Take Me Up To The Ballgame…

Take Me Up To The Ballgame after the break…

Take Me Up To The Ballgame…

There was a time before the Internet, before cable television, when your television viewing options were determined by where you lived and how good your television’s antenna was at reception. Some television channels were received with “fuzzy” pictures, most were just static (or virtually static) and a cherished few were received clear enough to actually be watchable. Back in those days, small independent television stations were forced to rely upon actual content for their continued existence: There were no “infomercials” back then. These were the days of the “late night movie” before such a term became a cliche.

In the era where knowledge wasn’t at one’s fingertips, when computer BBSes were still exotic and uncommon (never mind the Internet), media held more power. Media, quite simply, was more valued. We live in an era where anyone can create a stupid Internet cartoon, a “chiptune,” publish their own e-book, create their own webpage, host their own Internet show… Content has been diluted to such a degree that one can only wonder if even a fraction of that content will ever be saved for future generations to enjoy. It may be argued that a majority of that content is substandard and shouldn’t be saved at all; That the ability to mass produce content has led to a glut of substandard content too massive to wade through. A similar situation occurred during the first video game era, when virtually every company was attempting to create their own video game company or video game console. Too many bad games swamped the market, too many people became disillusioned over the age of the video game and “the video game crash” occurred. Are we headed for an “Internet content crash” someday?

Back when television stations actually had to display quality content to retain viewers, some remarkable gems emerged from some unlikely places.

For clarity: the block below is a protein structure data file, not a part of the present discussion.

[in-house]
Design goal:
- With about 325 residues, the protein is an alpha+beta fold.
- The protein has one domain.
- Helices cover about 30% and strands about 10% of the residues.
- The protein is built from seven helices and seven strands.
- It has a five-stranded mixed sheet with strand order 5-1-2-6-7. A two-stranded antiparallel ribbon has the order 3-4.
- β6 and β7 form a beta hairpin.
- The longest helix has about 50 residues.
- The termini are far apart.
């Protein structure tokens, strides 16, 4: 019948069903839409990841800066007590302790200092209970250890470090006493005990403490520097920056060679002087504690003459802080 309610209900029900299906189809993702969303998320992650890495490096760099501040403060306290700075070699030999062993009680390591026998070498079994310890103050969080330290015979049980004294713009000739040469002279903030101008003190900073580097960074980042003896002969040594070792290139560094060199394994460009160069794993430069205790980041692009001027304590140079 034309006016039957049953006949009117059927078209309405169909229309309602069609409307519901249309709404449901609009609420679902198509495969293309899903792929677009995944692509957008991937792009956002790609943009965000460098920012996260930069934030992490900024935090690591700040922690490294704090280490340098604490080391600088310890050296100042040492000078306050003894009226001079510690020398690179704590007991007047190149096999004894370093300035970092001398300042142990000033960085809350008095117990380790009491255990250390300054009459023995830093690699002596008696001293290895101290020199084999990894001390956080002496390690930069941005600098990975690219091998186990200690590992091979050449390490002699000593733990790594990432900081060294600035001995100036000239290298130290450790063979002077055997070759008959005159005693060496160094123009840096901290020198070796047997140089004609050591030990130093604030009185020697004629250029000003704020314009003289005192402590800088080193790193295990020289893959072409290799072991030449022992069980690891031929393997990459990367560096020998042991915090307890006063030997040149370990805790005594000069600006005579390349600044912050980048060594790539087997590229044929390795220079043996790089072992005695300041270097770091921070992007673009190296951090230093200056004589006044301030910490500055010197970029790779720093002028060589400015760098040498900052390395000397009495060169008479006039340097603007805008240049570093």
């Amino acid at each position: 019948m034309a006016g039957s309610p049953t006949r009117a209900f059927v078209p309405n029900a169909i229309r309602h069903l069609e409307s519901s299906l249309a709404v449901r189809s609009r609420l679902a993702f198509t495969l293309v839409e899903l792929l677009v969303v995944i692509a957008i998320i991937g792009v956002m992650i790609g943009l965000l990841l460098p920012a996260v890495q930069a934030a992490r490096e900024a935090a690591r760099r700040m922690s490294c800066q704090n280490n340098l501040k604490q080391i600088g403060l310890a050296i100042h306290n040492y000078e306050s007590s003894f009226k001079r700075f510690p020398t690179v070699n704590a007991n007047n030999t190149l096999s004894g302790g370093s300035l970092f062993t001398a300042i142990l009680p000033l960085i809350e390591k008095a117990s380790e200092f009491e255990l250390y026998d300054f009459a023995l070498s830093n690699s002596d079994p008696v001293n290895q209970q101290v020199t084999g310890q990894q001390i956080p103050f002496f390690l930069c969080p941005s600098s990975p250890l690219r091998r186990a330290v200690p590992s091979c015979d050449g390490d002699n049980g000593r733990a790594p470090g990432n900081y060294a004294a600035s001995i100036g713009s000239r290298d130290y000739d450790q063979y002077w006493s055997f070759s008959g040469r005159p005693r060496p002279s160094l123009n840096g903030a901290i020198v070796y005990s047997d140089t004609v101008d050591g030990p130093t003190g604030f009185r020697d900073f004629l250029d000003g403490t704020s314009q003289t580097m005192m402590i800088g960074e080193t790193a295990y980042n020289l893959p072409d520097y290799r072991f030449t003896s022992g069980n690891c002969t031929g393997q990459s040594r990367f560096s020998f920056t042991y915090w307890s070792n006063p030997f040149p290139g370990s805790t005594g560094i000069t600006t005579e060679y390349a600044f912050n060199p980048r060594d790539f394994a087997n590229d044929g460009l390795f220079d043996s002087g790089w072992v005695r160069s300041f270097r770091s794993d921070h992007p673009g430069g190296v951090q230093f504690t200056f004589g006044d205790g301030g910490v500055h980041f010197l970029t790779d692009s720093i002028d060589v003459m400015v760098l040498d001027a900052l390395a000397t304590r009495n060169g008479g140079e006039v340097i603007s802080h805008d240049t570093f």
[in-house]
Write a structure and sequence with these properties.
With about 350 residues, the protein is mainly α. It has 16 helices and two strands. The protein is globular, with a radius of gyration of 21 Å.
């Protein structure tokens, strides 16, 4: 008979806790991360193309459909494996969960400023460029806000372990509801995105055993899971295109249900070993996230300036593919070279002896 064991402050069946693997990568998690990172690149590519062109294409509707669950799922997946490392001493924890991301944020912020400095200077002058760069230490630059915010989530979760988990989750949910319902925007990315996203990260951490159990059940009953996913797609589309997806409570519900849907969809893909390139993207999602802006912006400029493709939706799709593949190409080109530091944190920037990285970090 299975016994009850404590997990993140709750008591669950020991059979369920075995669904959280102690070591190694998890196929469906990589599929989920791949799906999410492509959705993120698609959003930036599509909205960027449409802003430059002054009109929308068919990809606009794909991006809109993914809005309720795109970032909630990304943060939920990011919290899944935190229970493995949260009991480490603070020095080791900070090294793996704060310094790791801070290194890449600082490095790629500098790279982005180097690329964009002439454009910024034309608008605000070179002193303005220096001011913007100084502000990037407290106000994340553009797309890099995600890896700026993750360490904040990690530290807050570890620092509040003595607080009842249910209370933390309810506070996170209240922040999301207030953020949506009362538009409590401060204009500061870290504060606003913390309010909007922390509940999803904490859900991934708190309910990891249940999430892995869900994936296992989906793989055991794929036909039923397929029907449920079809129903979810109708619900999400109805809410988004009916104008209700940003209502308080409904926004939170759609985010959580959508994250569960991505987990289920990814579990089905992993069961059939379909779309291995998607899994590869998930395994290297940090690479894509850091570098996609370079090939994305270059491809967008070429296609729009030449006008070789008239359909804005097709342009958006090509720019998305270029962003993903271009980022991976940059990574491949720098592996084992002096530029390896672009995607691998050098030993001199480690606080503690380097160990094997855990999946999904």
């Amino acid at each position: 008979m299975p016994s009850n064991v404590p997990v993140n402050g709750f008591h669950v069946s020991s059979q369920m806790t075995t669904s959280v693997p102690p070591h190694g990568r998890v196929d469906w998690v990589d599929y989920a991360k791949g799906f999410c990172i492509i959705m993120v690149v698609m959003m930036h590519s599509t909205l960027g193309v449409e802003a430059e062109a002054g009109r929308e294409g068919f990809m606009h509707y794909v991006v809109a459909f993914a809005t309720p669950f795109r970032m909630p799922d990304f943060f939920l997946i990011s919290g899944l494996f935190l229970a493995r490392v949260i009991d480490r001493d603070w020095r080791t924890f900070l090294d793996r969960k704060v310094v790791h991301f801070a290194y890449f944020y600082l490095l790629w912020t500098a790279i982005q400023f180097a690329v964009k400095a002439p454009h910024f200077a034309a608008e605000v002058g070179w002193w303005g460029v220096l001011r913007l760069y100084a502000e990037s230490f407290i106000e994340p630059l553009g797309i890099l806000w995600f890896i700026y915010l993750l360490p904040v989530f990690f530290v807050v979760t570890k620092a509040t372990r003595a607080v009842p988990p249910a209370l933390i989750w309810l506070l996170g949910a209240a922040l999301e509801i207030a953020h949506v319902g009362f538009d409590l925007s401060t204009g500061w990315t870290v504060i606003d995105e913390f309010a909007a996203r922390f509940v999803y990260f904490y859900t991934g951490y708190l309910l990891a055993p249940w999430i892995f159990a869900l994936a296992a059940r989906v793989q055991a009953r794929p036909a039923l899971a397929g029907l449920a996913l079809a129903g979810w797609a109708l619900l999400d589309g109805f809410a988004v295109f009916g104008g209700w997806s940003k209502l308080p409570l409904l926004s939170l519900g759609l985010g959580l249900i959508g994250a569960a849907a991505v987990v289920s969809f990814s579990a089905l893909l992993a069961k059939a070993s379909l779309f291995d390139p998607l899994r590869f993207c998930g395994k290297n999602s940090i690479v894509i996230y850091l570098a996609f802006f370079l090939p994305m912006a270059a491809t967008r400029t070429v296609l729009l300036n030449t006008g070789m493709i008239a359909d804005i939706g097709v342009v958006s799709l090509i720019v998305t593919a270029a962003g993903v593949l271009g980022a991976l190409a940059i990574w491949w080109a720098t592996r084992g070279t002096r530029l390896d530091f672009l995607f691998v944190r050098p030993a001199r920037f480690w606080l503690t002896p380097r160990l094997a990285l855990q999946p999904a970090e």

“Take Me Up to the Ballgame,” a small, independent animated program, was one such gem.

For decades, I had remembered only the faintest of outlines of the program – A band of Earthly misfits are abducted by space aliens and forced to play an intergalactic squad of baseball players far superior to them in every possible facet. I could only remember one moment clearly, that of an intergalactic player literally “laughing it’s head off” and then the body taking a moment to search for it’s head. That moment isn’t as macabre as it sounds.

Only recently, and after many Internet searches, did I finally find the title for this animated program that I and my childhood friends saw so many years ago. That title was “Take Me Up to the Ballgame,” created by “Nelvana Limited” in 1980. The program was created during Nelvana’s early years and they have since gone on to be quite successful in the animation industry.

I was going to attempt to review the program from an older and wiser perspective but I can’t – I’m too biased. Instead, I’ll just mention that anyone who hasn’t seen this and other such early works by Nelvana should do so merely to bear witness that not all animation used to be “anime,” “Disney” or the other powerhouses of modern times. Sometimes, good things emerge from unlikely sources and how fortunate I was to have been able to see such entertainment back when it was meant to be viewed. To be fair, the program is by no means a critical classic and it wears it’s era clearly on it’s sleeve.

Useless trivia that I didn’t know – George Lucas was such a fan of the company during it’s early years that they were the ones to create the animated sequence displayed during the Star Wars Holiday Christmas special (you know, the one where we all saw the bounty hunter Boba Fett first). The company is still held in high regard by Lucasfilms, having been memorialized in Star Wars’ “Clone Wars.”

Anyway, I never got to thank Nelvana for creating the program when it was first viewed but I can do so now – Thank you. Your company entertained I and my friends thoroughly all those years ago and I’m glad that I can finally revive my memory of that program and put a title on it.


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